Wind gods Rule the Ridgeline: Mount Abraham/Lincoln Peak Vermont 9/19-20/11
Serene Scene was Soon to Change
Mount Abraham 4006' / Lincoln Peak 3975'
Long Trail/ Monroe Skyline
6.8 Miles 1850' Elevation gain
Kevin, Bob and Emma
Somehow I have to prove to Vermont that I love her Green Mountains as much as my beloved White Mountains here in my chosen state of New Hampshire. It seems she is jealous of my wanderings here in these hills so much so that when I go to visit her she calls the weather gods down to do all they can to make my visits, well, less than they could be. Things always start out innocently enough, "Hi, I'm here! I've come to enjoy your beautiful rolling hills and lovely trails." Well, you kind of caught me by surprise. You see, I'm having a beautiful day. I didn't know you'd be coming, but good to see you!" "I know, a beautiful day indeed. I spent 4 hours in the car wishing I was outside strolling along your beautiful countryside, taking in your wonderful views." "Well, why don't you start out along the Long Trail. Head north from Lincoln Gap. It's lovely up on Mount Abraham this afternoon!"
Southern View from Mount Abraham
And indeed, she was right, it WAS lovely up on Mount Abraham! The air was just right, and despite my 40lb. pack I barely broke a sweat along the easy grades that offer such excellent footing. We packed along a sun-dappled trail. Emma would bound along filled with the inner-puppy she feels when the conditions are cool and mild. Bob and I talked of our years spent in vested servitude and wondered how we ever got through it all, and how it came to be that it was over and now we once again had our freedom. Freedom to set off on an endeavor such as this on a day most people spent grinding away in their own various hell-holes. Yes. Life was good, and we had worked long and hard to get here. So with pride in our accomplishments and thankfulness for our new found freedom, we hiked along upward towards the bald head of Mount Abraham.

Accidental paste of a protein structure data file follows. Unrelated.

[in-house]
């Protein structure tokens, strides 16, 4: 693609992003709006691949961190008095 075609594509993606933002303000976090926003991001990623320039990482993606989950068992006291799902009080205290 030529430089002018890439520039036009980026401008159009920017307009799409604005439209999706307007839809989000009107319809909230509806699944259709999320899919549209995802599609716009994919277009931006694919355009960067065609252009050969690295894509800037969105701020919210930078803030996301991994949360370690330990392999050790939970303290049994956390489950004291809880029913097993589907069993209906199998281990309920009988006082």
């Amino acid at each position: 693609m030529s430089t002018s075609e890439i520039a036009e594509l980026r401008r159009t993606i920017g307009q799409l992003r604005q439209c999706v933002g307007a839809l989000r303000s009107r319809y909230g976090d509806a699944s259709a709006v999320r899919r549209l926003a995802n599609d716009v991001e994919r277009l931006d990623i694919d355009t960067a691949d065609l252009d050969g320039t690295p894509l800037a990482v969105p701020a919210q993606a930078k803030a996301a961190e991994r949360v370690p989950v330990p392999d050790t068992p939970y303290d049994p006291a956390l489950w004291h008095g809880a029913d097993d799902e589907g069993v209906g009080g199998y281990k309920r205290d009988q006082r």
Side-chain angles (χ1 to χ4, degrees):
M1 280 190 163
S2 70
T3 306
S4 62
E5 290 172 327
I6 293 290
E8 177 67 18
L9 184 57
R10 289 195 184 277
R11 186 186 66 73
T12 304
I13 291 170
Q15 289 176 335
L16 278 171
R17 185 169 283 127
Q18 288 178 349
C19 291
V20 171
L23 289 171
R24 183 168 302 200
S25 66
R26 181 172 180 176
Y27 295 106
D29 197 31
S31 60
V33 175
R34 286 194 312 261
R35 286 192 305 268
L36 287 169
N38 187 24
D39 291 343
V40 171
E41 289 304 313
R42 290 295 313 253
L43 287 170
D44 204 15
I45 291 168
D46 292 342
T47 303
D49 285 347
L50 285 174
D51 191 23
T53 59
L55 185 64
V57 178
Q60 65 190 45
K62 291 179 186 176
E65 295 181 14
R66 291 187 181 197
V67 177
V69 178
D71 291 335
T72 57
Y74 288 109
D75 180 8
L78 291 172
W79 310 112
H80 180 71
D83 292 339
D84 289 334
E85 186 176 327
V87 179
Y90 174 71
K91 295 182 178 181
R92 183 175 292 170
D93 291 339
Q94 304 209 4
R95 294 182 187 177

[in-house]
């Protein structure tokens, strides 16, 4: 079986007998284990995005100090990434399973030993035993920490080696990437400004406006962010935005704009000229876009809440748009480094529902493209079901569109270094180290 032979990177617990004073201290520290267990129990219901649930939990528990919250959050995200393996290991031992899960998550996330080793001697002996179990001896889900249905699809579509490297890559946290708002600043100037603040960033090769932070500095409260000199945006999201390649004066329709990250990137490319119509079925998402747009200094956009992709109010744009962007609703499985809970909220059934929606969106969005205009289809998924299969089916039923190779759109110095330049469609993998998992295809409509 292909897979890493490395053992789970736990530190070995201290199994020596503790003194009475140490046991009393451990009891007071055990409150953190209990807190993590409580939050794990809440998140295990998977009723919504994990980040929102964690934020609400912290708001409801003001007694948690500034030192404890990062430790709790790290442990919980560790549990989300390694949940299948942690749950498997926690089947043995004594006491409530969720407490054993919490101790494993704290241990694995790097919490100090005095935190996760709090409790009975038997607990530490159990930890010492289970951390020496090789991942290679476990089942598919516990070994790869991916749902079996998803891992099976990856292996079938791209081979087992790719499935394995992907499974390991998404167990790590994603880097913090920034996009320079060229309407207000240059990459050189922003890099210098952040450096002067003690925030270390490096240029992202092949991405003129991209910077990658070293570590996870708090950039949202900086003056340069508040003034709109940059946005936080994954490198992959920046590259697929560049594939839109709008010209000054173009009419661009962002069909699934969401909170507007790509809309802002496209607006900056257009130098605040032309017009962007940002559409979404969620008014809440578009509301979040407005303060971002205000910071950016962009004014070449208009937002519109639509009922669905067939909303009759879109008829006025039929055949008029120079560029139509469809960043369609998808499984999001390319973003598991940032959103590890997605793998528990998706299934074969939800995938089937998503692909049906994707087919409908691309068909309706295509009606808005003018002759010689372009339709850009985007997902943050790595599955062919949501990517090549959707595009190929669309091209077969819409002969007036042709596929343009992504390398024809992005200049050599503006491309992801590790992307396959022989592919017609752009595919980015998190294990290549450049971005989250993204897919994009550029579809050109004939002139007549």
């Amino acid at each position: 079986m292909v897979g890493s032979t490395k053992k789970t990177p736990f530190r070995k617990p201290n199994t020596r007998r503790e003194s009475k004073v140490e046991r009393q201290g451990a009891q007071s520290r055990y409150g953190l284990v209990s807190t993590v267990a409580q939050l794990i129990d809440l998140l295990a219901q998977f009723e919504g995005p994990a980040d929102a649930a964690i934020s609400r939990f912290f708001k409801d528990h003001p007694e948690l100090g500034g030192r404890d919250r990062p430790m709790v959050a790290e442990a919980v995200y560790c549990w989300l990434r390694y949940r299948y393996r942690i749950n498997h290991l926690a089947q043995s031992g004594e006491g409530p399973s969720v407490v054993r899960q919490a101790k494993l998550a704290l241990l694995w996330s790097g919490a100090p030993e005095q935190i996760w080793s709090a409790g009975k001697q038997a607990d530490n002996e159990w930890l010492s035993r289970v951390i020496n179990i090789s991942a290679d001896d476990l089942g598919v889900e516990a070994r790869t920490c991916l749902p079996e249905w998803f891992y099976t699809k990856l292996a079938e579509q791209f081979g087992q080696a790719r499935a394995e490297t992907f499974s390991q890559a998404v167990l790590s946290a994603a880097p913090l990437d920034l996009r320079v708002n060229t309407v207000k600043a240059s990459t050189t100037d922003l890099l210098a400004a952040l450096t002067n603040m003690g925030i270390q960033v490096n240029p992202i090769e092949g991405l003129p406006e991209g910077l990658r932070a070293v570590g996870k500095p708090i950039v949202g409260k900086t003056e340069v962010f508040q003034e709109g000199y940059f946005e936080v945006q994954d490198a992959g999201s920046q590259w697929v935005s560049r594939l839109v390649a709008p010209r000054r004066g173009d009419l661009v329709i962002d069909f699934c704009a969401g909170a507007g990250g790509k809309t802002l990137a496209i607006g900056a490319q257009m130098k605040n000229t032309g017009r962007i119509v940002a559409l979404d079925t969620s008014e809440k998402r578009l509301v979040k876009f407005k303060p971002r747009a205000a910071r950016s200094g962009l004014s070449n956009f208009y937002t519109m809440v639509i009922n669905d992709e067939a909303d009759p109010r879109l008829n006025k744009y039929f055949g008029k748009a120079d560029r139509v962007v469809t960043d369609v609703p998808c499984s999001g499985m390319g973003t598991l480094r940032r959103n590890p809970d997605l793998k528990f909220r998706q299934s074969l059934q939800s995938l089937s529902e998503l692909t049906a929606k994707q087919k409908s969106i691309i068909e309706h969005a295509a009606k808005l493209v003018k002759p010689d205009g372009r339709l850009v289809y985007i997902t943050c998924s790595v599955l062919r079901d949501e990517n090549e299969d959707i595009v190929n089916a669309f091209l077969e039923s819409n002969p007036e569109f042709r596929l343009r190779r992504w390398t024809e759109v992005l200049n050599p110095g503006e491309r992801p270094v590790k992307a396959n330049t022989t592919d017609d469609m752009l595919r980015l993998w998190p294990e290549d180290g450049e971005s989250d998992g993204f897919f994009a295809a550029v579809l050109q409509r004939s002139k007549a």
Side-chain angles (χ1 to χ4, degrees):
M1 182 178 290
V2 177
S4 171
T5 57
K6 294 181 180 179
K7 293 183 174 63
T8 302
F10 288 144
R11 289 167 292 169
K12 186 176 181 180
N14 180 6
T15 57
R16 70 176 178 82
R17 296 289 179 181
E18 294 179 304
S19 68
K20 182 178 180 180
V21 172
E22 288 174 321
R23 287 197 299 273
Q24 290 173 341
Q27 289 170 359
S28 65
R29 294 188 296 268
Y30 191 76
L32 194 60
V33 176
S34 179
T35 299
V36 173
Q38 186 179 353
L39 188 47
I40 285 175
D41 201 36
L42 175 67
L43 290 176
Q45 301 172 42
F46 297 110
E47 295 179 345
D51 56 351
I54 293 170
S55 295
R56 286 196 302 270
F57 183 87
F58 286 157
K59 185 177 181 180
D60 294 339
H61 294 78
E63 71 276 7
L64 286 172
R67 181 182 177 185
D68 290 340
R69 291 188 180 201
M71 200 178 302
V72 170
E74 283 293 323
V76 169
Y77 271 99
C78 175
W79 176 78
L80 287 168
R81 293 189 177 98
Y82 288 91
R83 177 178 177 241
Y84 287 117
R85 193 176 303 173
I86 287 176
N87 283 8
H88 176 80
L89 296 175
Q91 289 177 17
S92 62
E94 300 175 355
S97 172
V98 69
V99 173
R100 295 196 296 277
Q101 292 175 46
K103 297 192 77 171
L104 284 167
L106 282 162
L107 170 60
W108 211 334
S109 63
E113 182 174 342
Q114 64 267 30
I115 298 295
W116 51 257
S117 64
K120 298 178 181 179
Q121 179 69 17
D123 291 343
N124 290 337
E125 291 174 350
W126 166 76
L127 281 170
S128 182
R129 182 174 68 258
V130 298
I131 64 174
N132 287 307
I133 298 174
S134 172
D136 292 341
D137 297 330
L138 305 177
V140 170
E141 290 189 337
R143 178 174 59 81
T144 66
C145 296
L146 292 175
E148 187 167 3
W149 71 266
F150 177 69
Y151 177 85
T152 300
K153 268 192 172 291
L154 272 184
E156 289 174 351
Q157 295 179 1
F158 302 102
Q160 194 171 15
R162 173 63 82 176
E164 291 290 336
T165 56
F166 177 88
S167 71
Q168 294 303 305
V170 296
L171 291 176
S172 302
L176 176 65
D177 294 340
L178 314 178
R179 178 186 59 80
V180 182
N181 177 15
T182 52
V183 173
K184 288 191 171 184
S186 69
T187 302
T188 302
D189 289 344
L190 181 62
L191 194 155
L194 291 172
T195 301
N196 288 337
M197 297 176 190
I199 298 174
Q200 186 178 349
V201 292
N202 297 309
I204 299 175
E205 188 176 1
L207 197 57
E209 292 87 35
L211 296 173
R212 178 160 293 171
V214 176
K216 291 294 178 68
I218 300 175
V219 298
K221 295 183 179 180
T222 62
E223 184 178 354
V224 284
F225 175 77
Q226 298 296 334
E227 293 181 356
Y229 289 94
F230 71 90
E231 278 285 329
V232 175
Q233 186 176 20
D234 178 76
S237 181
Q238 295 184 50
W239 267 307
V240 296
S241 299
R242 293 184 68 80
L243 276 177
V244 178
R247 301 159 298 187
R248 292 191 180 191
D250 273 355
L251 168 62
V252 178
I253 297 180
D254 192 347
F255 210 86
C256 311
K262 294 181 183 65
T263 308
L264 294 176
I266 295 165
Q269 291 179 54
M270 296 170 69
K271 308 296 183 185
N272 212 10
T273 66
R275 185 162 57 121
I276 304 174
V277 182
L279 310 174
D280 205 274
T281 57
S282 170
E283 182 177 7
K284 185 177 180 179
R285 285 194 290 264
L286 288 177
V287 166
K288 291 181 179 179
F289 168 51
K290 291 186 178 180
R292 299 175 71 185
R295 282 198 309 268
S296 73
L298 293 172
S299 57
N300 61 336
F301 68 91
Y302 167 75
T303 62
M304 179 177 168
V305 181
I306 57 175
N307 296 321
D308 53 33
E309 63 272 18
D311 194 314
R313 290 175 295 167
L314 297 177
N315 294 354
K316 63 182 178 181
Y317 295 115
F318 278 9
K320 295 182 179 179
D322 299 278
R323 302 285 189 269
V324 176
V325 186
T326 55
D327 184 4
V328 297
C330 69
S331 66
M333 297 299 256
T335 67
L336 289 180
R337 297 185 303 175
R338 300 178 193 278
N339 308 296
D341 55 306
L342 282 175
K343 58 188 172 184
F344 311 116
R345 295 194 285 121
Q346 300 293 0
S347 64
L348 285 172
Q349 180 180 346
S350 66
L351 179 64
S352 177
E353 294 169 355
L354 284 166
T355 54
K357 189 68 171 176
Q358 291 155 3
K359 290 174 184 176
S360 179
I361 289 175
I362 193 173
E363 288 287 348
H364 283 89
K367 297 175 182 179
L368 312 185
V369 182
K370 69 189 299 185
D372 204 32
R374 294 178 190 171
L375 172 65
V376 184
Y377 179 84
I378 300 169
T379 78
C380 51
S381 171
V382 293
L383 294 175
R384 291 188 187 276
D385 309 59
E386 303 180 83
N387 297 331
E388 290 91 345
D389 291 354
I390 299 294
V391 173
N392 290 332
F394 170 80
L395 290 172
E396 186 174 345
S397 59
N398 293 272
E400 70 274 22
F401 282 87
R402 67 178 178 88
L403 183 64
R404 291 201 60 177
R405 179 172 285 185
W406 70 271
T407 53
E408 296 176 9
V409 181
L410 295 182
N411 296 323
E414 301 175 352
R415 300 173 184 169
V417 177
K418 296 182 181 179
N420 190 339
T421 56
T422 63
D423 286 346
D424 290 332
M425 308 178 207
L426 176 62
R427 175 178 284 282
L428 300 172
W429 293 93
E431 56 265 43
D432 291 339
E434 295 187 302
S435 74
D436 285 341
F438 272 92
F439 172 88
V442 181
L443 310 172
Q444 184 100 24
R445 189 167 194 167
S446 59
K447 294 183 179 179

As we approached the summit and began to get the views all around us I marveled at the rolling hills below us. There were patches of open fields where I knew tall corn stood in between the darker patches of forest. There were ponds and rivers to see, as well as buildings and villages with roads and bridges. To my west the sun shone on Lake Champlain which stretched from north to south as far as I could see like a golden metallic ribbon. Beyond Champlain I could see the Adirondacks rising above the landscape. I have never been. I know now I must go. Vermont was showing me her best! Far to my east I could see along the horizon my beloved White Mountains, from north to south the Mahoosucs, the Presidential Range, Franconia Ridge and the Kinsman Ridge. Like an anchor to the south was the mass of Moosilauke. She must have known I was looking at someone else. It began to cloud up in the west.
After setting up camp near Lincoln Peak we watched as the sun dipped towards the multiple peaks of the Adirondacks and begin to disappear behind the clouds. We had a quick supper. Emma devoured her food as she always does in the mountains. There was a gentle breeze and we continued to watch the sky in the west as long gray wisps of clouds spread out their fingers toward us. The weatherman, the last I checked, had said there was a possibility of a few showers in the morning, but that the rain should hold off until the afternoon. We could tell the temperature was dropping and as the sky darkened we soon turned in, Emma and I into the tent we called home on these trips, and Bob into his bivy several yards away.